MHG39377 - Remains of possible Souterrain - Skirza Head


A possible souterrain associated with the broch at Skirza Head.

Type and Period (1)

  • SOUTERRAIN? (Undated)

Protected Status

Full Description

A possible souterrain associated with the broch at Skirza Head.

The broch was Scheduled in 1938.

'Castle (NR) (Rems of)' marked on 1st ed OS 6" map, Caithness of 1873
'Broch (NR)' marked on OS 1:10,000 map of 1975

The remains of a 2nd to 3rd century broch, situated on neck of a promontory and isolated on landward side by a ditch 30ft wide. Secondary structures lie N and S as well as inside broch, which was excavated by Sir Francis Tress Barry between 1890 and 1901 and by MacKie in 1972. It has measured 22ft diameter within wall 14ft thick with checked entrance in SSE, facing seaward. A scarcement runs round N arc of interior, and exterior of same arc has fallen over cliff, together with part of settlement. In 1910 exterior wall-face stood 2ft high, inner 5ft high, and in S arc of interior, 16ft W of main entrance, was a stair entrance although only two steps of stair and part of chamber at its foot remained. Three tank-like structures, one of them filled with ashes, and other two covered with slabs, were set into floor of central court. S of broch entrance on outside is an irregular, well-like cavity which held water in 1910. c10ft deep and 10ft by 7ft across top with a drain leading into it from S. One of outbuildings to N partly overlay broch wall and produced an elk horn, which is among finds from Tress Barry's excavation donated to NMAS 1908. Also in NMAS are sherds of 2-3rd century (MacKie 1974) Hebridean everted rimware with applied fillet, from site (Acc No: GA 911). (See also ND36NE 18.)
J Anderson 1901; PSAS 1908; RCAHMS 1911, visited 1910;
A Young 1964; R W Feachem 1963; E W MacKie 1972; 1974.

The broch is generally as described. Tanks in central court are now uncovered and contain water. The 'well-like' chamber S of entrance is partially faced with stone slabs and is possibly remains of souterrain which seems to have been entered from W by a passage which has fallen in. There is no water in it now. No surveyable remains of outbuildings could be found. A modern wall has been built near cliff edge SE of broch.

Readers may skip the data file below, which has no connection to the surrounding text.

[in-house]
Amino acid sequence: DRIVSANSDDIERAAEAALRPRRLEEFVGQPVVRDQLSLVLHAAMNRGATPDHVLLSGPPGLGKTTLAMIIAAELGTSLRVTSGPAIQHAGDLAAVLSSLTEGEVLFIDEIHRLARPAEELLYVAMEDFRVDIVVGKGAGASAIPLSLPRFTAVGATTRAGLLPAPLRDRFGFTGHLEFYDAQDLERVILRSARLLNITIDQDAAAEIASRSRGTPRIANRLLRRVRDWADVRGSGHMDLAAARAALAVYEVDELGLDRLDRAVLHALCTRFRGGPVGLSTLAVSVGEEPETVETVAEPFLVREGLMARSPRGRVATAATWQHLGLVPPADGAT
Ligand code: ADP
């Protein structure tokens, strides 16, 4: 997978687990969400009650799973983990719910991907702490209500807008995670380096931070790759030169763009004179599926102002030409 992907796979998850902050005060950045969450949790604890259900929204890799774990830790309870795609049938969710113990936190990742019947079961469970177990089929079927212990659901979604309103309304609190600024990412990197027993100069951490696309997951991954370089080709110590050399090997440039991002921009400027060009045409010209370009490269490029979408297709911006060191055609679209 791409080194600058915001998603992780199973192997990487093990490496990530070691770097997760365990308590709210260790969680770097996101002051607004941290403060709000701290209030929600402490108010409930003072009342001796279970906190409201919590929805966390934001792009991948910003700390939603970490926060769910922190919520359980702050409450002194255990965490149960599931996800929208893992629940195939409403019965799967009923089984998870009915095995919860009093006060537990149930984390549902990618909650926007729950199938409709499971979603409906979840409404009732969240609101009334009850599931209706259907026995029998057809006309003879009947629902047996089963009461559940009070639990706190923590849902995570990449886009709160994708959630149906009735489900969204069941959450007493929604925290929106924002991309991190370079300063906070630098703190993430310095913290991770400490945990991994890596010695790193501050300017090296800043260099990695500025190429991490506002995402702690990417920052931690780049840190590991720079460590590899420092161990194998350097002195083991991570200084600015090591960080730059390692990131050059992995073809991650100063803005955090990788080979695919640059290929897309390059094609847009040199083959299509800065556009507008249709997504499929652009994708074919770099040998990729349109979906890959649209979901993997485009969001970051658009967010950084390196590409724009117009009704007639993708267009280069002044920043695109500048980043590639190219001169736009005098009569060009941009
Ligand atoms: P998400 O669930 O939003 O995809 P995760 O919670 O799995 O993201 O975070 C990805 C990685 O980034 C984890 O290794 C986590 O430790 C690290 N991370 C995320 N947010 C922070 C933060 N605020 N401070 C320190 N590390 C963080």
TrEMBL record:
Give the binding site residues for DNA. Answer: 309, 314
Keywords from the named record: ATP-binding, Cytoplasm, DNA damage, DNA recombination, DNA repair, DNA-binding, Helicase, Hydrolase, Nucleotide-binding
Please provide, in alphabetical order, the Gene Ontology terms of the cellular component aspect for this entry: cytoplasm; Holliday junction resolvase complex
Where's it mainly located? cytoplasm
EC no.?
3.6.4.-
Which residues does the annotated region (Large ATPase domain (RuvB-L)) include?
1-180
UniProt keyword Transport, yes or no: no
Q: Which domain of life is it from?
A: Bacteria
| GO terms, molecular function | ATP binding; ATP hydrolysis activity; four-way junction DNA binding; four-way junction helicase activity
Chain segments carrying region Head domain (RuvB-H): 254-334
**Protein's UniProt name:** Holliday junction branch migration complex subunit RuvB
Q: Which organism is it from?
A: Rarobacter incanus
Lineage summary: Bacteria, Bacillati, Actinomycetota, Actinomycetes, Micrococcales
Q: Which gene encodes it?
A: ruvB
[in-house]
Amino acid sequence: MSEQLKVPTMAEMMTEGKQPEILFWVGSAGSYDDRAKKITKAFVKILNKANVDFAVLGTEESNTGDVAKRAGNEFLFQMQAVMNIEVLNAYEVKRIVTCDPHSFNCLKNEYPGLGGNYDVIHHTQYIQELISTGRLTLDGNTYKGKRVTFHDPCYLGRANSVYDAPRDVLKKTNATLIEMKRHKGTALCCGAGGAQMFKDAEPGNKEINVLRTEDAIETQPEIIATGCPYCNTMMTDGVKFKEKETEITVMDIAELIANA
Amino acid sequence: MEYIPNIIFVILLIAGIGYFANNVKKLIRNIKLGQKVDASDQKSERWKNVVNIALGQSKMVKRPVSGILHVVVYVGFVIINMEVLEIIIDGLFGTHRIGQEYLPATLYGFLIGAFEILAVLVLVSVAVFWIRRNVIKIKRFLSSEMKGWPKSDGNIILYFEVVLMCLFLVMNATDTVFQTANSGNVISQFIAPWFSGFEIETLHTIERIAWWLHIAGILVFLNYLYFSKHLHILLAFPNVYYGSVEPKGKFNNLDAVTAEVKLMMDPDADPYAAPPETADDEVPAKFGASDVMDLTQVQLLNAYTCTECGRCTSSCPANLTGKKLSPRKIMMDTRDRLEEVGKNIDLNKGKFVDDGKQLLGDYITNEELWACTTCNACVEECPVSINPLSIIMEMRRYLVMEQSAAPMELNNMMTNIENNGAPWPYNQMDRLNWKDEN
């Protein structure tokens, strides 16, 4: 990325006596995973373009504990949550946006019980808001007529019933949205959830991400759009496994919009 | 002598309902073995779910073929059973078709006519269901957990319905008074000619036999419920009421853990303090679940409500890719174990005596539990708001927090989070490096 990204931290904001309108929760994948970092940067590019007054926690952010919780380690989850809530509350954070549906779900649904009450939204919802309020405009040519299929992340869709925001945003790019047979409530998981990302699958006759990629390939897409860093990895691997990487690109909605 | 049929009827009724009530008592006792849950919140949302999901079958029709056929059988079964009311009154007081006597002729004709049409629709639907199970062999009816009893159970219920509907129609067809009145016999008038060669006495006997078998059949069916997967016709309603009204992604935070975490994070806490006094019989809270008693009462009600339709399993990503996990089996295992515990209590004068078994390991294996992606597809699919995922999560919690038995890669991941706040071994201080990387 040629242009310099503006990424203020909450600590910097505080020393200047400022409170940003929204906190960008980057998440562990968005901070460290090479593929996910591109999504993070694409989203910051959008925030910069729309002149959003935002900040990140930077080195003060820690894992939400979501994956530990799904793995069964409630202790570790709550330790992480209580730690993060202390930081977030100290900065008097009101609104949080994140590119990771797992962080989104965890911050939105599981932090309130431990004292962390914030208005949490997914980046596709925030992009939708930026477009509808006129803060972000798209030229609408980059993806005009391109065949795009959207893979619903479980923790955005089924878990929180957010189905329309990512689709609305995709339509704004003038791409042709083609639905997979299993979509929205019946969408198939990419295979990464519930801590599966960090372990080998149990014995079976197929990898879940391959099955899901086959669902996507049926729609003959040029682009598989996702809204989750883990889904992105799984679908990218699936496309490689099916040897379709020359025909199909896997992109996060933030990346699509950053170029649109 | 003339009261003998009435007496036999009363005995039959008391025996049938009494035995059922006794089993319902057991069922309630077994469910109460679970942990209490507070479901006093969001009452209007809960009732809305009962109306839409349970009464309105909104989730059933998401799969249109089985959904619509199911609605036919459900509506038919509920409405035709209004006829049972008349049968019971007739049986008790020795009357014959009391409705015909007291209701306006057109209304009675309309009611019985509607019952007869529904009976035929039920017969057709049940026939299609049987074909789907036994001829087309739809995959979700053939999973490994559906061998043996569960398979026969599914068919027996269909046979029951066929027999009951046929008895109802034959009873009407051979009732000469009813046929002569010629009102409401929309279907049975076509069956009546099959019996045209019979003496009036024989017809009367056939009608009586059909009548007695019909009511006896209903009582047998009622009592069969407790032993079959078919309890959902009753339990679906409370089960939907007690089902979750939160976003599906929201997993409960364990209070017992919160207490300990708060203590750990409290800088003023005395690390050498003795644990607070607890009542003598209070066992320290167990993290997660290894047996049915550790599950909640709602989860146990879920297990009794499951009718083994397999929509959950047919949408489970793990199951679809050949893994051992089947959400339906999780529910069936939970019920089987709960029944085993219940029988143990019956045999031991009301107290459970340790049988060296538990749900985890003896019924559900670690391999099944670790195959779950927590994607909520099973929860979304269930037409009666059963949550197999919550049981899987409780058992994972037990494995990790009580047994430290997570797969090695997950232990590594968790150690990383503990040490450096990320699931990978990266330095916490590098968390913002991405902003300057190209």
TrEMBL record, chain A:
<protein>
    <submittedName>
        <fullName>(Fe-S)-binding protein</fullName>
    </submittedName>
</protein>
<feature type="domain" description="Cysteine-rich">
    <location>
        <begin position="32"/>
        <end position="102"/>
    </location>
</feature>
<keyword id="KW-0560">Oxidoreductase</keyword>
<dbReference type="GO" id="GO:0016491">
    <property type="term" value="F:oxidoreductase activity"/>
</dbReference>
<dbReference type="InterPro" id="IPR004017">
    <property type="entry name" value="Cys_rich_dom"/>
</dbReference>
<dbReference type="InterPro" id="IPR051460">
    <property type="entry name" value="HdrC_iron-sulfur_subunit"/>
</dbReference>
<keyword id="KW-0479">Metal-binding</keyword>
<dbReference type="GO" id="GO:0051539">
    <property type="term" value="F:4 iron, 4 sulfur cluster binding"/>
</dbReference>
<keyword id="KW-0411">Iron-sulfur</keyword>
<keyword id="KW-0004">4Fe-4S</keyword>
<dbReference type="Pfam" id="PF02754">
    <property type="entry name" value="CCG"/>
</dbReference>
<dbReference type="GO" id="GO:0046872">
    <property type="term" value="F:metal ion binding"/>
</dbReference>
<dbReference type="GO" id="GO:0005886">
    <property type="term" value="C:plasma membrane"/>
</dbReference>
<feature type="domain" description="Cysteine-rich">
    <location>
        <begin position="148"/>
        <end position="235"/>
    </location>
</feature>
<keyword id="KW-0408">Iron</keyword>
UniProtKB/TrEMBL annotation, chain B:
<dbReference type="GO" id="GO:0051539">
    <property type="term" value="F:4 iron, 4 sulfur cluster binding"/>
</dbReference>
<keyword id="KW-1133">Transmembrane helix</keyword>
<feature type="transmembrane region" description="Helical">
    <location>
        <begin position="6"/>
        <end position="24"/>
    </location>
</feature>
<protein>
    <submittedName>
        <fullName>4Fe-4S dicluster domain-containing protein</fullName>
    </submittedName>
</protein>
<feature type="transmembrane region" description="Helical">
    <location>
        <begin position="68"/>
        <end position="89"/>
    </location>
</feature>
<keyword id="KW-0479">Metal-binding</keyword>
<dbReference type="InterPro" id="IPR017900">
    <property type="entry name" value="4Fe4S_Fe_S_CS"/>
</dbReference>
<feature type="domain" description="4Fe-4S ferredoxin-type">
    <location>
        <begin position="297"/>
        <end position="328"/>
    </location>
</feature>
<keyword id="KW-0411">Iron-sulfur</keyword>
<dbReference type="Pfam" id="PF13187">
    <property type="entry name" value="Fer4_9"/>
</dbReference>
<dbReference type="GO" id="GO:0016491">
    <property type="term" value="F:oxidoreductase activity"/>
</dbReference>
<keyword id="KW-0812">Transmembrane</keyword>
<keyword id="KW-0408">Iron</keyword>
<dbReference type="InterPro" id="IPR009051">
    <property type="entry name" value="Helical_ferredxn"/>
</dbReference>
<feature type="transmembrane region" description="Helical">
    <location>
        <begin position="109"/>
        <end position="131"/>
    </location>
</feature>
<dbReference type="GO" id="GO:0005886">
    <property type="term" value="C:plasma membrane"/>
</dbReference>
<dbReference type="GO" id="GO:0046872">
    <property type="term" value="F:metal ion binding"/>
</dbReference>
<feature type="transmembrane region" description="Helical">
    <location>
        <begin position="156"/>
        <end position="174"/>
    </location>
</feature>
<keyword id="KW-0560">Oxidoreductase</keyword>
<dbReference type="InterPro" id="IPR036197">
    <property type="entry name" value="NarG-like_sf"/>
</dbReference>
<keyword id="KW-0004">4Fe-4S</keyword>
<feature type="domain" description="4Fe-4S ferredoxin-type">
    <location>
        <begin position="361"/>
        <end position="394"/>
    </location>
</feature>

Resurveyed at 1:2500. Visited by OS (R D) 9 September 1965.

The broch and secondary structures are as described by previous authorities. The interior details of the broch are obscured by thick grass. Whether cavity to S of entrance is a sump or the end of a souterrain cannot be satisfactorily determined from ground inspection. It is similar to underground chambers associated with the broch at Oust (ND06NE 7). A mound to E of the broch is probably excavation debris as is 'modern wall' noted by previous field investigation.
Visited by OS (J B) 10 May 1982.

The possible souterrain was photographed by Highland Council in ?2000. <1>

The scheduled area of the broch was amended by Historic Environment Scotland. Although not specifically mentioned in the Scheduling description, the possible souterrain is located within the Scheduled area. <2>

Sources/Archives (10)



Grid reference Centred ND 3940 6843 (6m by 6m) (2 map features)
Map sheet ND36NE
Civil Parish CANISBAY
Geographical Area CAITHNESS

Finds (0)

Related Monuments/Buildings (1)

Related Investigations/Events (0)

External Links (2)

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